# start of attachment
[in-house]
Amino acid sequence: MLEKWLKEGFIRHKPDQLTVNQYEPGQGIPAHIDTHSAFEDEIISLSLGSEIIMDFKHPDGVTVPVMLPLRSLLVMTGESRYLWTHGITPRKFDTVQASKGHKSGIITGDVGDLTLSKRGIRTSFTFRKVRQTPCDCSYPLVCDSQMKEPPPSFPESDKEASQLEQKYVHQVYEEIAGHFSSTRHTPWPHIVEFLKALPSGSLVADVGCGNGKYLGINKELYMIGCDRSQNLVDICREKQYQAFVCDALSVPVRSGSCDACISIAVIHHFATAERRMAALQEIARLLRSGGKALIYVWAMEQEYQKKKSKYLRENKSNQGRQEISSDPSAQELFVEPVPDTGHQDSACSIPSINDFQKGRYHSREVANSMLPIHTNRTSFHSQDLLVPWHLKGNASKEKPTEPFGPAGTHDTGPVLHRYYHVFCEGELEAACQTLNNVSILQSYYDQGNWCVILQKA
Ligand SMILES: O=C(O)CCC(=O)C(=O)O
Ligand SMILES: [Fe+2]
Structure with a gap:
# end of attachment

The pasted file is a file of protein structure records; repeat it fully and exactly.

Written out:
[in-house]
Amino acid sequence: MLEKWLKEGFIRHKPDQLTVNQYEPGQGIPAHIDTHSAFEDEIISLSLGSEIIMDFKHPDGVTVPVMLPLRSLLVMTGESRYLWTHGITPRKFDTVQASKGHKSGIITGDVGDLTLSKRGIRTSFTFRKVRQTPCDCSYPLVCDSQMKEPPPSFPESDKEASQLEQKYVHQVYEEIAGHFSSTRHTPWPHIVEFLKALPSGSLVADVGCGNGKYLGINKELYMIGCDRSQNLVDICREKQYQAFVCDALSVPVRSGSCDACISIAVIHHFATAERRMAALQEIARLLRSGGKALIYVWAMEQEYQKKKSKYLRENKSNQGRQEISSDPSAQELFVEPVPDTGHQDSACSIPSINDFQKGRYHSREVANSMLPIHTNRTSFHSQDLLVPWHLKGNASKEKPTEPFGPAGTHDTGPVLHRYYHVFCEGELEAACQTLNNVSILQSYYDQGNWCVILQKA
Ligand SMILES: O=C(O)CCC(=O)C(=O)O
Ligand SMILES: [Fe+2]
Structure with a gap: